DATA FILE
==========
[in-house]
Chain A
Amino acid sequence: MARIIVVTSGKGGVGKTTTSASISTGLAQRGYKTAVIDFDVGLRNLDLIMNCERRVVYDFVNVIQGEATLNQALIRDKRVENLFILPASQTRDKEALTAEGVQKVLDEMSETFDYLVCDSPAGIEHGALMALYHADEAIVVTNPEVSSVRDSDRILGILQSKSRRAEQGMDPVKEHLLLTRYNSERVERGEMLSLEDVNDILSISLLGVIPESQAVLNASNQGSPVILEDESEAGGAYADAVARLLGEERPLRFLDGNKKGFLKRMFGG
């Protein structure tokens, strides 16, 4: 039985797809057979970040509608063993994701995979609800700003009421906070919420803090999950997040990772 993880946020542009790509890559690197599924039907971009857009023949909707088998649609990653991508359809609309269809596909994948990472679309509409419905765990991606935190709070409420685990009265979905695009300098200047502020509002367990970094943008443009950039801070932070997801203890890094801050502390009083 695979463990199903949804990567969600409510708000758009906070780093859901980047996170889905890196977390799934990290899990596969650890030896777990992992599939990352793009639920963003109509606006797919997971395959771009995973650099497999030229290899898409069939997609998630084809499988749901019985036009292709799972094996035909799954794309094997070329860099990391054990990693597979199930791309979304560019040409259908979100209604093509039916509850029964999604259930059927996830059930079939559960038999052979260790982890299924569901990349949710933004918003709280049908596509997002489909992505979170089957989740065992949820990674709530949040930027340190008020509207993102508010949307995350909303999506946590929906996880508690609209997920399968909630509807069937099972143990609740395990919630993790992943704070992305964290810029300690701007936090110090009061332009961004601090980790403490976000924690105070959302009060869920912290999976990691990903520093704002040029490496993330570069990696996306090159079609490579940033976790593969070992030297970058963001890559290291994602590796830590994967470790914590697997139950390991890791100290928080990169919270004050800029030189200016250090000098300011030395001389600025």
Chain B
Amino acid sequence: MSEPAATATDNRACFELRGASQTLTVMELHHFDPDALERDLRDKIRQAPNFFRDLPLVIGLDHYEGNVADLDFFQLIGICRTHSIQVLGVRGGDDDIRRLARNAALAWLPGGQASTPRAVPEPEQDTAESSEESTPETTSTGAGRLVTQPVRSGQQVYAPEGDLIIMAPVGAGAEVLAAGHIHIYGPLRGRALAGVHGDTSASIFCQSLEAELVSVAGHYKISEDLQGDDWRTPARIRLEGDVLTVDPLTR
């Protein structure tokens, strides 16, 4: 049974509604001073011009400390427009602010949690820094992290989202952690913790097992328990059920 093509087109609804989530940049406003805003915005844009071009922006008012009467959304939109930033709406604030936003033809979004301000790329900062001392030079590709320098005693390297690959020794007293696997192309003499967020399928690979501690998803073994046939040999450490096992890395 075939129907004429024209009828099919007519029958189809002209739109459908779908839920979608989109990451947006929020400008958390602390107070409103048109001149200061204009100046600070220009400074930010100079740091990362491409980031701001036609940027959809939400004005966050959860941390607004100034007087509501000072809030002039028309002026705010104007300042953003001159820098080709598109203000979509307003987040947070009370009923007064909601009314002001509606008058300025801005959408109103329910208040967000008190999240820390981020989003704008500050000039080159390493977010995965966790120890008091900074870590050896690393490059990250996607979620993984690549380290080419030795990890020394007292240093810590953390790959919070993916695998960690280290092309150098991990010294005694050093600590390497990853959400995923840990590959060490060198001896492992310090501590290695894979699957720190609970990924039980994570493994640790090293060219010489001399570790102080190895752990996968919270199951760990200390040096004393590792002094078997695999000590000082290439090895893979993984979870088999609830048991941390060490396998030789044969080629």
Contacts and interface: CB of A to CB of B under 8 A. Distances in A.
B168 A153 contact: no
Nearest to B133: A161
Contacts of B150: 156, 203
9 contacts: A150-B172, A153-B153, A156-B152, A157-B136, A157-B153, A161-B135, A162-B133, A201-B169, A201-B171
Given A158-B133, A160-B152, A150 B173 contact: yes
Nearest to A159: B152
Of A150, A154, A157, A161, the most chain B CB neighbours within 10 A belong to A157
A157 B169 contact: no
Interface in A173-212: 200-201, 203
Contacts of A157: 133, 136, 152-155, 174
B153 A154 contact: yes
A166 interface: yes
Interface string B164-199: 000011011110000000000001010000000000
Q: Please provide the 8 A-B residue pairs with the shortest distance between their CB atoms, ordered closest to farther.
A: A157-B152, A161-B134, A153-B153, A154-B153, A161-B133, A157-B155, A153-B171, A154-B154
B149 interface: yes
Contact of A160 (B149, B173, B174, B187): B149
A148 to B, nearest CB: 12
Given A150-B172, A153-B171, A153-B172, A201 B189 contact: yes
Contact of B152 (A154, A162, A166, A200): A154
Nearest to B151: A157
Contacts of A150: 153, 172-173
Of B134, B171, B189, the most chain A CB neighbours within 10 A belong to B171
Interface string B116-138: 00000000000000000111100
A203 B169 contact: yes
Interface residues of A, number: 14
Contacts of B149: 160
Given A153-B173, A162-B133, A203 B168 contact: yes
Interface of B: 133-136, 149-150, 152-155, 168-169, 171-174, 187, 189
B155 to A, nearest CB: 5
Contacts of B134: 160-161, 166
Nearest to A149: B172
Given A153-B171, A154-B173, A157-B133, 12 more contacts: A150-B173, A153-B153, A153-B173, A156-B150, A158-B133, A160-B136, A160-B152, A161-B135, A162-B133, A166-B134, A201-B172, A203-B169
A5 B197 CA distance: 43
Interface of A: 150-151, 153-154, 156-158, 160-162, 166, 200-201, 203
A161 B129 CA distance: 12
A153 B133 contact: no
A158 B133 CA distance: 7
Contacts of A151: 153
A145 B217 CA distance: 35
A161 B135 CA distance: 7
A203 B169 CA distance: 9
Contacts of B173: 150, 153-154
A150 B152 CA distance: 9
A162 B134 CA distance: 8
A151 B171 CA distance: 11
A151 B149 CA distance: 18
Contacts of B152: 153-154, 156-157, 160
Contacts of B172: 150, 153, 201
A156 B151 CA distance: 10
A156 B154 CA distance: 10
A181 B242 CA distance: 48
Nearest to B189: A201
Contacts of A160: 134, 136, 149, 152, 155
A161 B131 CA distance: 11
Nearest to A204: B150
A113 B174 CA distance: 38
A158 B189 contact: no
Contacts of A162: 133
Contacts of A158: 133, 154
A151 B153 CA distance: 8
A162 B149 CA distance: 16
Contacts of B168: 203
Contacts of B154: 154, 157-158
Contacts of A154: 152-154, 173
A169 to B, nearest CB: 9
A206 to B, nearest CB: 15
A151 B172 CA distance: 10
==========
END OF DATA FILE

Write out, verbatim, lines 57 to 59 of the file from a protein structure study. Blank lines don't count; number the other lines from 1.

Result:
Contacts of B172: 150, 153, 201
A156 B151 CA distance: 10
A156 B154 CA distance: 10